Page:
I once watch a James Bond film. The actor is trying to rescue his woman from the top of a building that is on fire. That is my point.

    working

    This website uses cookies

    As a user in the EEA, your approval is needed on a few things. To provide a better website experience, howtheyplay.com uses cookies (and other similar technologies) and may collect, process, and share personal data. Please choose which areas of our service you consent to our doing so.

    For more information on managing or withdrawing consents and how we handle data, visit our Privacy Policy at: https://howtheyplay.com/privacy-policy#gdpr

    Show Details
    Necessary
    HubPages Device IDThis is used to identify particular browsers or devices when the access the service, and is used for security reasons.
    LoginThis is necessary to sign in to the HubPages Service.
    Google RecaptchaThis is used to prevent bots and spam. (Privacy Policy)
    AkismetThis is used to detect comment spam. (Privacy Policy)
    HubPages Google AnalyticsThis is used to provide data on traffic to our website, all personally identifyable data is anonymized. (Privacy Policy)
    HubPages Traffic PixelThis is used to collect data on traffic to articles and other pages on our site. Unless you are signed in to a HubPages account, all personally identifiable information is anonymized.
    Amazon Web ServicesThis is a cloud services platform that we used to host our service. (Privacy Policy)
    CloudflareThis is a cloud CDN service that we use to efficiently deliver files required for our service to operate such as javascript, cascading style sheets, images, and videos. (Privacy Policy)
    Google Hosted LibrariesJavascript software libraries such as jQuery are loaded at endpoints on the googleapis.com or gstatic.com domains, for performance and efficiency reasons. (Privacy Policy)
    Features
    Google Custom SearchThis is feature allows you to search the site. (Privacy Policy)
    Google MapsSome articles have Google Maps embedded in them. (Privacy Policy)
    Google ChartsThis is used to display charts and graphs on articles and the author center. (Privacy Policy)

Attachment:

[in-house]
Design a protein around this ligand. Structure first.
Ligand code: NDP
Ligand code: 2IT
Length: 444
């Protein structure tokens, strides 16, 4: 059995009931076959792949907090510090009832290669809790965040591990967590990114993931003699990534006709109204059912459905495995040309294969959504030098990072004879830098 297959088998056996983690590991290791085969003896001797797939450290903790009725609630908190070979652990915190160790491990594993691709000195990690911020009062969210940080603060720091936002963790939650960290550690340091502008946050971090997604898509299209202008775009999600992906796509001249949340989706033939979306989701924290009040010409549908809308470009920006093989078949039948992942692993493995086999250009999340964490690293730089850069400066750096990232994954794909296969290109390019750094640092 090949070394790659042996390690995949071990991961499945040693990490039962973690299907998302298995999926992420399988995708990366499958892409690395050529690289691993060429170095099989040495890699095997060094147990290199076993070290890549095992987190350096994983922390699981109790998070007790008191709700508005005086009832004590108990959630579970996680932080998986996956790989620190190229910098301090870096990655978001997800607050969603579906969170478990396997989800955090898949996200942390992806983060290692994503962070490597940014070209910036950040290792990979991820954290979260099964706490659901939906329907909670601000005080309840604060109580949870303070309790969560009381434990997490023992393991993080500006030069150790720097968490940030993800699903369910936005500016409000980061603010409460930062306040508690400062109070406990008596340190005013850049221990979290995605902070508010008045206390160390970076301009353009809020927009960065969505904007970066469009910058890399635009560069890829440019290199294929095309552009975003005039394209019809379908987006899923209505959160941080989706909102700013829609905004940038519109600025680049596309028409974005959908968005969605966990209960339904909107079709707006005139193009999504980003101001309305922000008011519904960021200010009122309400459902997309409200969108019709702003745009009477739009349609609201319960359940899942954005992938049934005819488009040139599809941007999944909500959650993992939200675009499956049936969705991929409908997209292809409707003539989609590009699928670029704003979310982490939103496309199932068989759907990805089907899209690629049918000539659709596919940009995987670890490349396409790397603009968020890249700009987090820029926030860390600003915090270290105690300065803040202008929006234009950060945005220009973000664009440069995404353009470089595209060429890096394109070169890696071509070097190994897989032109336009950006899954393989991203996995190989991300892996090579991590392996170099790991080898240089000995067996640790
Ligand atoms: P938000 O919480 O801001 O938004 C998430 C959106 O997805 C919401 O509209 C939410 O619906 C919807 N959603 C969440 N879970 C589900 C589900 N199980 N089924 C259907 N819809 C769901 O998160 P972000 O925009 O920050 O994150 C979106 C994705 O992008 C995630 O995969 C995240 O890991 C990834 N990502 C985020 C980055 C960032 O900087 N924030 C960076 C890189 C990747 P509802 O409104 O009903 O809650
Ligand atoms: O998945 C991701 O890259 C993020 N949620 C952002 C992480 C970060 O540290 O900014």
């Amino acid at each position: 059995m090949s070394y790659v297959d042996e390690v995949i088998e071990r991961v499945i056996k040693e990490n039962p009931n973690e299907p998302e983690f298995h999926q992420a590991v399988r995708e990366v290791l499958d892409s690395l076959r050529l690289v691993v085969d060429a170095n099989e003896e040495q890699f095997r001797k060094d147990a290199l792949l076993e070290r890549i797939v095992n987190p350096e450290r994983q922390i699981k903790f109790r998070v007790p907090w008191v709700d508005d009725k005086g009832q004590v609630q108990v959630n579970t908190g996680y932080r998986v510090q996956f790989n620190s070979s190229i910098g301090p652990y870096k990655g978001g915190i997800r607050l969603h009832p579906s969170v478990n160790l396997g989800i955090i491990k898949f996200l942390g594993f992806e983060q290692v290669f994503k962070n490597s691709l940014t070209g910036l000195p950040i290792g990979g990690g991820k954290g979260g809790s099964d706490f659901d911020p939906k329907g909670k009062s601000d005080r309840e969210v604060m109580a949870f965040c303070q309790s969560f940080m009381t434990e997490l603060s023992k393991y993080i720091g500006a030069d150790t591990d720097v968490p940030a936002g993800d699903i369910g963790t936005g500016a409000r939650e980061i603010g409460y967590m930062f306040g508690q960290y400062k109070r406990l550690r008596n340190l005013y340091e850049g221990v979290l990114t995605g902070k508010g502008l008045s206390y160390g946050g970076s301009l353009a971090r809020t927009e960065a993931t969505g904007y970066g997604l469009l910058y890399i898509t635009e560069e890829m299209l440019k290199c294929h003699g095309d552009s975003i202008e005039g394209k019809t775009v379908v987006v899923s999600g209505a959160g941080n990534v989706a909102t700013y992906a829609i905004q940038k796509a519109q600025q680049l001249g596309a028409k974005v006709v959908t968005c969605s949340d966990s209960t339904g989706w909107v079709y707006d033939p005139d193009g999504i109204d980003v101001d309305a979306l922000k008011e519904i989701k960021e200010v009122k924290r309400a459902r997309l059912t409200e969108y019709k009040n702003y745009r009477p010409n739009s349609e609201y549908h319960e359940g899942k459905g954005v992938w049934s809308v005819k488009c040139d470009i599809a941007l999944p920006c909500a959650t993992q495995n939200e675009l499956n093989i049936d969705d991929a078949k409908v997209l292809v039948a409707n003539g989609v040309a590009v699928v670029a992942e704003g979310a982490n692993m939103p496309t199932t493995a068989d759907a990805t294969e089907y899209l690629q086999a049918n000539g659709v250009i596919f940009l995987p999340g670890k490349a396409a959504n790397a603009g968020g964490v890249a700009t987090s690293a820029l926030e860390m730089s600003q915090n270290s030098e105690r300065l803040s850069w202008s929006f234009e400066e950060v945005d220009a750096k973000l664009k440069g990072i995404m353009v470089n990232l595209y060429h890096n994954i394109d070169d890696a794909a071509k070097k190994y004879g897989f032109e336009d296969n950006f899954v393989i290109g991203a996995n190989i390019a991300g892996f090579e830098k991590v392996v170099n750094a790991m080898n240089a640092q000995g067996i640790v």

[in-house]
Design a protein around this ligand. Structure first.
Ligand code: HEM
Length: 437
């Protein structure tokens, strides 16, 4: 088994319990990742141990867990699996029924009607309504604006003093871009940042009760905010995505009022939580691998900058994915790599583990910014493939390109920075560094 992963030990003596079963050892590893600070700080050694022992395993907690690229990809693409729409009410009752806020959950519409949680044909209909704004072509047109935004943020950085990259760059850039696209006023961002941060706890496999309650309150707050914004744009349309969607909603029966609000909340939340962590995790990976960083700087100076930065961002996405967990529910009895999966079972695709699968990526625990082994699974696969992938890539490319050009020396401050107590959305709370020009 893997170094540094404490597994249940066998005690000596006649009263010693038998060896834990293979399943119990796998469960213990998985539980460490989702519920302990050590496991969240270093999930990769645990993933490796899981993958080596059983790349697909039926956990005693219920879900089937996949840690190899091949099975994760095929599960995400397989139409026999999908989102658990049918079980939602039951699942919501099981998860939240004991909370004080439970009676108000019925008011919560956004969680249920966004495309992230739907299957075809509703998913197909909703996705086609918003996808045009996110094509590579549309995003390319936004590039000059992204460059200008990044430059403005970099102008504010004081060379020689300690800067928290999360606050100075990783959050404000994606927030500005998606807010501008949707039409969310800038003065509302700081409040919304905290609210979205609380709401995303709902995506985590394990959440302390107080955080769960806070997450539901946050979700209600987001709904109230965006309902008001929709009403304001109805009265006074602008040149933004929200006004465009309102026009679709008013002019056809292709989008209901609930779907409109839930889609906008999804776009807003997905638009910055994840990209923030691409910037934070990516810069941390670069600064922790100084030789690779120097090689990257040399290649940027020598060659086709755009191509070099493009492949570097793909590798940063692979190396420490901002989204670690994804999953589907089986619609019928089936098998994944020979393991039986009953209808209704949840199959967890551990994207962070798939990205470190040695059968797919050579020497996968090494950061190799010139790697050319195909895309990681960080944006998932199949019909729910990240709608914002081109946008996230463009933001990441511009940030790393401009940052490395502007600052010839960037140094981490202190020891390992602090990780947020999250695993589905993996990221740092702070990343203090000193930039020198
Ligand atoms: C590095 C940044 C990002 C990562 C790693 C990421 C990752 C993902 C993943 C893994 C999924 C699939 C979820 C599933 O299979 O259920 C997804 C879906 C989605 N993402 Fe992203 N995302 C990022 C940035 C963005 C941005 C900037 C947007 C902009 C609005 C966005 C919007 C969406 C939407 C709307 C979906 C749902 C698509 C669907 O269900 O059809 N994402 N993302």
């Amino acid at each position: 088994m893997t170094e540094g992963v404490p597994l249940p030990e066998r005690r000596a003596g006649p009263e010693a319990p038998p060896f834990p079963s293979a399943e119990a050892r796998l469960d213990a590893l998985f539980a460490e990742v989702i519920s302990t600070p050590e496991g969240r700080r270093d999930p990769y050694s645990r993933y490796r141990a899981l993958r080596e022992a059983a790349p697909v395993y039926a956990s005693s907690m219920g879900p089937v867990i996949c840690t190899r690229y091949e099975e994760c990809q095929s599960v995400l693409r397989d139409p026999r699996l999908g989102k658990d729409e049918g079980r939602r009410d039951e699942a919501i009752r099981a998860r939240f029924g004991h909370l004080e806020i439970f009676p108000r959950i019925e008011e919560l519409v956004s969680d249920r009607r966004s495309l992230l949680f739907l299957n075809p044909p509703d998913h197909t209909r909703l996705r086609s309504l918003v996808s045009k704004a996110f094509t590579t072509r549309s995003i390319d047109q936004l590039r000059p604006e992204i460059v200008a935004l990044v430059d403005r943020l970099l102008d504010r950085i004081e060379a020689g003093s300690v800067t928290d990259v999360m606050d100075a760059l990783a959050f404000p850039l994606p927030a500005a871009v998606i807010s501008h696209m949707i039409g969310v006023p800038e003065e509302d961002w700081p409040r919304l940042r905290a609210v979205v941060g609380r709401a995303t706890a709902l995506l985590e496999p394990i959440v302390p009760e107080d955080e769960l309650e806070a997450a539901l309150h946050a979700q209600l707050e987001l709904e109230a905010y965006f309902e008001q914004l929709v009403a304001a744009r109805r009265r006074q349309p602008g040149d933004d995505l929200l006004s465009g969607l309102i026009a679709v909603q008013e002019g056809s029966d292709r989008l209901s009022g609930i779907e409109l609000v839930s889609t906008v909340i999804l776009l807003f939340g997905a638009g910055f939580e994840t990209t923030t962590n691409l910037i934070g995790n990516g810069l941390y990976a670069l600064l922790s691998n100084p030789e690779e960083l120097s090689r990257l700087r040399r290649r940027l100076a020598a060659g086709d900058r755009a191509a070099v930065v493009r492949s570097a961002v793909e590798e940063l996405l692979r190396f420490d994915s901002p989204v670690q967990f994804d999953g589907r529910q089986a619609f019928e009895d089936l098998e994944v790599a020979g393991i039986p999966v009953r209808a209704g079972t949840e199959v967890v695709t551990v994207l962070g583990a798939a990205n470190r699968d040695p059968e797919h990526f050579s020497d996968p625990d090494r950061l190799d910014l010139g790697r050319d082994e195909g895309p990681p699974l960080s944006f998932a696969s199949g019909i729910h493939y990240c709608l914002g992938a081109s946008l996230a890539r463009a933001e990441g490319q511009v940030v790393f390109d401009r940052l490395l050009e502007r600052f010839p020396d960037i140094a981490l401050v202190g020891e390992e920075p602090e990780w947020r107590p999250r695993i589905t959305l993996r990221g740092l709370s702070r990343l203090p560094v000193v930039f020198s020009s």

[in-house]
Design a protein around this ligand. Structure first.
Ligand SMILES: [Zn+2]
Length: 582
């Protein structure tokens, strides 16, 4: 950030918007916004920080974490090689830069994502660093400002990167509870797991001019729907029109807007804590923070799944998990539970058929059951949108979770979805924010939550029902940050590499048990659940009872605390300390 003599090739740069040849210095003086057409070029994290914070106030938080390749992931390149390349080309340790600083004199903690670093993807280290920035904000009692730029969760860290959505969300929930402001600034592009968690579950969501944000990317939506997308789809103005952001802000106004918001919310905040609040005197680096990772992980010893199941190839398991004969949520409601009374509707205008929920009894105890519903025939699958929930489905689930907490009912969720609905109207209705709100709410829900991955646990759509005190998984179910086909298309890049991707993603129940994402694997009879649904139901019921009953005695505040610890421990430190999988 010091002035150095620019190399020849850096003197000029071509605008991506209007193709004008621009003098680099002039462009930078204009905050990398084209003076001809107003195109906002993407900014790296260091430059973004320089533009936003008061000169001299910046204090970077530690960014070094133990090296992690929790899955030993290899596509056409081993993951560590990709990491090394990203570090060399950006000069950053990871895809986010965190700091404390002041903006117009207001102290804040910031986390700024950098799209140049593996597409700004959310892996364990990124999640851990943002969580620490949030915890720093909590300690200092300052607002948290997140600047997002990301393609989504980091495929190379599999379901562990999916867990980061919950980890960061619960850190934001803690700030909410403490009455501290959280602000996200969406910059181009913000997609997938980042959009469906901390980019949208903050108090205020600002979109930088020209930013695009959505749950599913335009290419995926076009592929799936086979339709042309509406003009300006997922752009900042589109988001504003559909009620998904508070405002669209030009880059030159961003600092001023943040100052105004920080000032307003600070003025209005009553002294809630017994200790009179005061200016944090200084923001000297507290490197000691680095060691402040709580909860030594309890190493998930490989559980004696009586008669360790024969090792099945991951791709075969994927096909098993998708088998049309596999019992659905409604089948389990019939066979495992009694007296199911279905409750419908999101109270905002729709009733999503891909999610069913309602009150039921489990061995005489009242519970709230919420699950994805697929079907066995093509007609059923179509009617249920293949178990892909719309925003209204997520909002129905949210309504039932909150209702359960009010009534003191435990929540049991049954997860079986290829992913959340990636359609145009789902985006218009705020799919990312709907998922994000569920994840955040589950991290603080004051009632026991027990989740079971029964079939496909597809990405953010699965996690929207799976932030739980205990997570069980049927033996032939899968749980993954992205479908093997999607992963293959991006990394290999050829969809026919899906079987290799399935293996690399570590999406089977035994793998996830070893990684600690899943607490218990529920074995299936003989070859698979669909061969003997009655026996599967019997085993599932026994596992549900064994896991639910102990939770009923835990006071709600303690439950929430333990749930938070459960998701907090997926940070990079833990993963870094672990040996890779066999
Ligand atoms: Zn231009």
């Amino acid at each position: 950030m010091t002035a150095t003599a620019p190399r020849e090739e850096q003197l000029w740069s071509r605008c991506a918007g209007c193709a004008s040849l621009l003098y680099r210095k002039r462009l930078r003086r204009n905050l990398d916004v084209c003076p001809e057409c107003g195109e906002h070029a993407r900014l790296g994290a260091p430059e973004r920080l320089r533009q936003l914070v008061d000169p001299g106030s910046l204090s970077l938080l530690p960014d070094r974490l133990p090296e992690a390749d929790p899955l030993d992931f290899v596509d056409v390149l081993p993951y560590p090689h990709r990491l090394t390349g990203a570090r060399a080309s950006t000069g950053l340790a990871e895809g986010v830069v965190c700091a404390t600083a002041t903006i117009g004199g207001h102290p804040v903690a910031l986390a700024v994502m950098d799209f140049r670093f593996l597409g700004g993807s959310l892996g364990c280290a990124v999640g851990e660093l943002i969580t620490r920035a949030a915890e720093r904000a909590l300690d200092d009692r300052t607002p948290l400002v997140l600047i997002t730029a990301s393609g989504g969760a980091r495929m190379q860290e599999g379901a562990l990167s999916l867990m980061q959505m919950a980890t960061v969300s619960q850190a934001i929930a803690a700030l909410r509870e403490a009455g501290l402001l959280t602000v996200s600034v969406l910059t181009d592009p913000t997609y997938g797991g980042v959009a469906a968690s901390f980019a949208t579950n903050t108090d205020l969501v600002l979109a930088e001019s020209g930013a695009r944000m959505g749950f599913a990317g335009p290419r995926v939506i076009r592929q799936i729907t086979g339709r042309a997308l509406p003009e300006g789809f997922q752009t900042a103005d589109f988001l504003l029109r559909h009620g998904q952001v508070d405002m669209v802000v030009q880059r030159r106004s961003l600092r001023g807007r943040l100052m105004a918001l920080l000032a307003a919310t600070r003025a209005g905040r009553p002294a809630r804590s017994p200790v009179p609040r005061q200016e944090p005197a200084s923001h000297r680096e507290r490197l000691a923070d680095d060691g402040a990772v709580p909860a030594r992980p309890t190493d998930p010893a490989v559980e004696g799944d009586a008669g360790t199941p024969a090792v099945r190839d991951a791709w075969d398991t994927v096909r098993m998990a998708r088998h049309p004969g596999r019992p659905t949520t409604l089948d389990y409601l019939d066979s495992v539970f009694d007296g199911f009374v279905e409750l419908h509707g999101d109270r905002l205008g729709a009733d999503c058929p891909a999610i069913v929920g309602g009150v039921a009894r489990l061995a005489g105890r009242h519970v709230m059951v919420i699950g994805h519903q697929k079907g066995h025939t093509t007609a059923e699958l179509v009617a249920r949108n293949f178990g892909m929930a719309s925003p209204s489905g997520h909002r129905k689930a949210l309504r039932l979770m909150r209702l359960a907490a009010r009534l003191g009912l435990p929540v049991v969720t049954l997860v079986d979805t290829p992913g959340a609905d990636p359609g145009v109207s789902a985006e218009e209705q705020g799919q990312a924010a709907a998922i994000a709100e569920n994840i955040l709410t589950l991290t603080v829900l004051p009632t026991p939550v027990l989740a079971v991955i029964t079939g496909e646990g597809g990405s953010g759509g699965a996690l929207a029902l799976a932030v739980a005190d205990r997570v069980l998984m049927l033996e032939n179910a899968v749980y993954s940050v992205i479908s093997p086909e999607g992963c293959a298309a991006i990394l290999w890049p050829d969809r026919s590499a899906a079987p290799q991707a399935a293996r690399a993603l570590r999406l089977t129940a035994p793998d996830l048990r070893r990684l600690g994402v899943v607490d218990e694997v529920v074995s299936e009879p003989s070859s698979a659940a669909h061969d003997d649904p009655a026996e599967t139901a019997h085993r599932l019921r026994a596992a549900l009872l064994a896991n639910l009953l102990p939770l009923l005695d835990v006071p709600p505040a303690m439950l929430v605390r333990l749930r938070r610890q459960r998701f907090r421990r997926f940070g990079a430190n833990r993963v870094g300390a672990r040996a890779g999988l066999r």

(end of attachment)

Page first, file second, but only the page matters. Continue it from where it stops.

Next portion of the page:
Google AdSense Host APIThis service allows you to sign up for or associate a Google AdSense account with HubPages, so that you can earn money from ads on your articles. No data is shared unless you engage with this feature. (Privacy Policy)
    Google YouTubeSome articles have YouTube videos embedded in them. (Privacy Policy)
    VimeoSome articles have Vimeo videos embedded in them. (Privacy Policy)
    PaypalThis is used for a registered author who enrolls in the HubPages Earnings program and requests to be paid via PayPal. No data is shared with Paypal unless you engage with this feature. (Privacy Policy)
    Facebook LoginYou can use this to streamline signing up for, or signing in to your Hubpages account. No data is shared with Facebook unless you engage with this feature. (Privacy Policy)
    MavenThis supports the Maven widget and search functionality. (Privacy Policy)
    Marketing
    Google AdSenseThis is an ad network. (Privacy Policy)
    Google DoubleClickGoogle provides ad serving technology and runs an ad network. (Privacy Policy)
    Index ExchangeThis is an ad network. (Privacy Policy)
    SovrnThis is an ad network. (Privacy Policy)
    Facebook AdsThis is an ad network. (Privacy Policy)
    Amazon Unified Ad MarketplaceThis is an ad network. (Privacy Policy)
    AppNexusThis is an ad network. (Privacy Policy)
    OpenxThis is an ad network. (Privacy Policy)
    Rubicon ProjectThis is an ad network. (Privacy Policy)
    TripleLiftThis is an ad network. (Privacy Policy)
    Say MediaWe partner with Say Media to deliver ad campaigns on our sites. (Privacy Policy)
    Remarketing PixelsWe may use remarketing pixels from advertising networks such as Google AdWords, Bing Ads, and Facebook in order to advertise the HubPages Service to people that have visited our sites.
    Conversion Tracking PixelsWe may use conversion tracking pixels from advertising networks such as Google AdWords, Bing Ads, and Facebook in order to identify when an advertisement has successfully resulted in the desired action, such as signing up for the HubPages Service or publishing an article on the HubPages Service.
    Statistics
    Author Google AnalyticsThis is used to provide traffic data and reports to the authors of articles on the HubPages Service. (Privacy Policy)
    ComscoreComScore is a media measurement and analytics company providing marketing data and analytics to enterprises, media and advertising agencies, and publishers. Non-consent will result in ComScore only processing obfuscated personal data. (Privacy Policy)
    Amazon Tracking PixelSome articles display amazon products as part of the Amazon Affiliate program, this pixel provides traffic statistics for those products (Privacy Policy)
    ClickscoThis is a data management platform studying reader behavior (Privacy Policy)